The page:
Significant figures originally come from measurements. When measuring, you may estimate one decimal place beyond what the measuring device shows.
When you do this, then:
â€¢ All digits in your measurement are significant except placeholder zeroes.
â€¢ The last estimated digit is significant but uncertain.
Example 1: Measuring a Camera's Width With a Ruler Showing Centimeters Say you are measuring the width of this camera with a ruler that only showed centimeters (cm).
We can estimate this camera's width as, for example:


We cannot estimate this camera's width as, for example:



or 


or 







The last digit is significant but uncertain and is in the tenths place. Note: Technically we could say the width is 6.0, 6.1, 6.2, 6.3, 6.4, 6.5, 6.6, 6.7, 6.8, or 6.9. But 6.4 and 6.5 look the closest to me. 

We're trying to go two decimal places beyond cm, to hundredths of a cm. Scientists donâ€™t allow estimates this accurate using this particular ruler.
 
2 sig figs are allowed here. 

3 sig figs are NOT allowed. 

Example 2: Measuring a Camera's Width With a Ruler Showing Tenths of a Centimeter. Say you are measuring the same camera but now with a ruler that shows tenths of a centimeter.
We can estimate this camera's width as, for example:

We cannot estimate this camera's width as, for example:

1 place past tenth of a cm. 6.56 cm 

or 
1 place past tenth of a cm. 6.57 cm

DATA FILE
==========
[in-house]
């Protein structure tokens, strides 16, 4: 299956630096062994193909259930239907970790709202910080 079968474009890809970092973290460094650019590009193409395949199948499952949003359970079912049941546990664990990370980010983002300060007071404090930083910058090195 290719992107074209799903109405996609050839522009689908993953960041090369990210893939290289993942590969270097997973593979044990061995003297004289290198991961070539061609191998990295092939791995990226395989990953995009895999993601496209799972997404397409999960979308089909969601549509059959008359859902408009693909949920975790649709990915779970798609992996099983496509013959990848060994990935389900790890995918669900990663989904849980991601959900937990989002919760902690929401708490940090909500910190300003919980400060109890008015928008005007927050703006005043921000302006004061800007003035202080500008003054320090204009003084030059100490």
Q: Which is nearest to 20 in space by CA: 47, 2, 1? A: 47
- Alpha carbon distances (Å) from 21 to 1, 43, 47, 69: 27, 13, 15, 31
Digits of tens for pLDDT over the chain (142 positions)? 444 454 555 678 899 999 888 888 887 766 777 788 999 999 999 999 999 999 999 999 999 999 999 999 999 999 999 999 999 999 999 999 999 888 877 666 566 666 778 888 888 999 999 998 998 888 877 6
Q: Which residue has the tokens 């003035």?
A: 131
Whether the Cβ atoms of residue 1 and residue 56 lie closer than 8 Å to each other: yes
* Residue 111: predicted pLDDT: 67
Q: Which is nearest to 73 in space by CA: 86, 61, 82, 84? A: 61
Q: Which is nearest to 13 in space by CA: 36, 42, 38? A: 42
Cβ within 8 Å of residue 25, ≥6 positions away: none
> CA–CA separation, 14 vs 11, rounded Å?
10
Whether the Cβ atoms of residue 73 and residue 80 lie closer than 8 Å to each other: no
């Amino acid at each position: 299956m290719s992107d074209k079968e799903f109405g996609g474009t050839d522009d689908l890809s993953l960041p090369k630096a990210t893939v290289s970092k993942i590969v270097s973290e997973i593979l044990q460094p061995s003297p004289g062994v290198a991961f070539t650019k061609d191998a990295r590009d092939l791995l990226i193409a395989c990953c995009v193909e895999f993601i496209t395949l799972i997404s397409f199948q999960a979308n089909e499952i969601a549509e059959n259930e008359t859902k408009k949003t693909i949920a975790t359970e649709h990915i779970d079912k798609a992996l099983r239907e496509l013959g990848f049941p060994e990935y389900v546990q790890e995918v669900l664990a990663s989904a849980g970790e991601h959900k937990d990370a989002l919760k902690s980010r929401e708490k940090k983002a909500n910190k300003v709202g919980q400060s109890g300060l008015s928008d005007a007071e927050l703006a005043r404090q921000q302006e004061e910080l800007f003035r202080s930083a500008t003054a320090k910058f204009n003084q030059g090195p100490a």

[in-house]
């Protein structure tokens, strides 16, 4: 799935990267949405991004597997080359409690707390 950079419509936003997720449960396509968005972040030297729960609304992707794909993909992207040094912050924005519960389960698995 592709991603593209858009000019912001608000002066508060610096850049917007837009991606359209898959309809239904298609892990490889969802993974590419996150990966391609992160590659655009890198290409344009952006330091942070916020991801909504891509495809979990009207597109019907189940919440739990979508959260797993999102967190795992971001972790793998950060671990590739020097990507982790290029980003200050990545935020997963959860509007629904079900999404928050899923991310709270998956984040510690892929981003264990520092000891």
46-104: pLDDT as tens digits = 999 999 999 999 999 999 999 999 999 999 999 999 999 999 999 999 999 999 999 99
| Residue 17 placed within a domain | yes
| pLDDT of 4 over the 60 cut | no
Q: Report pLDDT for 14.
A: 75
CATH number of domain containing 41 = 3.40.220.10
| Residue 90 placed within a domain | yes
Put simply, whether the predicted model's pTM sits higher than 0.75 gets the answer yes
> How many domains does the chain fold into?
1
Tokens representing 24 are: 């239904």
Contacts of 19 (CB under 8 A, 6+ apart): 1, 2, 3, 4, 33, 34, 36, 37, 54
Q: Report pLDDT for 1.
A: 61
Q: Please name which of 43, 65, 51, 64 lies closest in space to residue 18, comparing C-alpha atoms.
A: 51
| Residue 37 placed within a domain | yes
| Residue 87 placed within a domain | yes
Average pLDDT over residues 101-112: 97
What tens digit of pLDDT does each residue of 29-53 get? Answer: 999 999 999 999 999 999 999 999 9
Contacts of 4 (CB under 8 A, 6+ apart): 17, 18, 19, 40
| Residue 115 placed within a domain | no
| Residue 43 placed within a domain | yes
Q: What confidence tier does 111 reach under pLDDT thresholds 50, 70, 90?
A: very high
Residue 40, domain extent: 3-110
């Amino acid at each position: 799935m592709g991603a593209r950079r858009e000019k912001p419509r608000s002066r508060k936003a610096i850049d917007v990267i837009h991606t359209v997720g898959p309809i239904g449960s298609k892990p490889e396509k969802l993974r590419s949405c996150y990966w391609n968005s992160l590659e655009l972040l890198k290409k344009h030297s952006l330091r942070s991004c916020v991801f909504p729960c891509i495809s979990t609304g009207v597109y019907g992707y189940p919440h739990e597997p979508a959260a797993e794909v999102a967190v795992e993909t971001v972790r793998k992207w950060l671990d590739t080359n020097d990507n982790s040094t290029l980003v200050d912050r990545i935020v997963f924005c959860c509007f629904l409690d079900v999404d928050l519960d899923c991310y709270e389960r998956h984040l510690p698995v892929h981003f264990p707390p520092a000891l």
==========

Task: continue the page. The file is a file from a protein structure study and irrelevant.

2 places past tenths of a cm. 6.567 cm 

or 
2 places past tenths of a cm. 6.568 cm  






The last digit are significant but uncertain. Note:
Technically we could estimate the width as
6.50, 6.51, 6.52, 6.53, 6.54, 6.55, 6.56, 6.57, 6.58, or 6.59.
But 6.54 and 6.55 look the closest to me. 

Weâ€™re trying to go two decimal places beyond tenths of a cm to thousandths of a cm.
Scientists donâ€™t trust estimates this accurate using this particular ruler.
 
3 sig figs are allowed here. 

4 sig figs are NOT allowed. 

Note: When using sig figs to measure, you can get zeroes at the end of decimals that are significant.
Example 3: The Measurement 7.0 cm. Normally, you wouldn't write 7.0 because it means the same thing as 7. As numbers, these mean the same thing. (There's no need to add the zero after the decimal.) However, a measurement of 7.0 means something different from 7. It has two sig figs instead of one and is more accurate.
 As numbers, these mean the same thing. 
 


7.0

But as measurements
they mean different things because... 

7.0 


 
This has 1 sig fig.
So it's less accurate 
 This has 2 sig figs.
So it's more accurate 

This measurement is accurate to the ones place. So it was made using a ruler that only showed tens of centimeters.
The "7 was estimated" one place beyond what's showing.


This measurement is accurate to the tenths place. So it was made using a ruler that only showed ones of centimeters.
The "0 was estimated" one place beyond what's showing.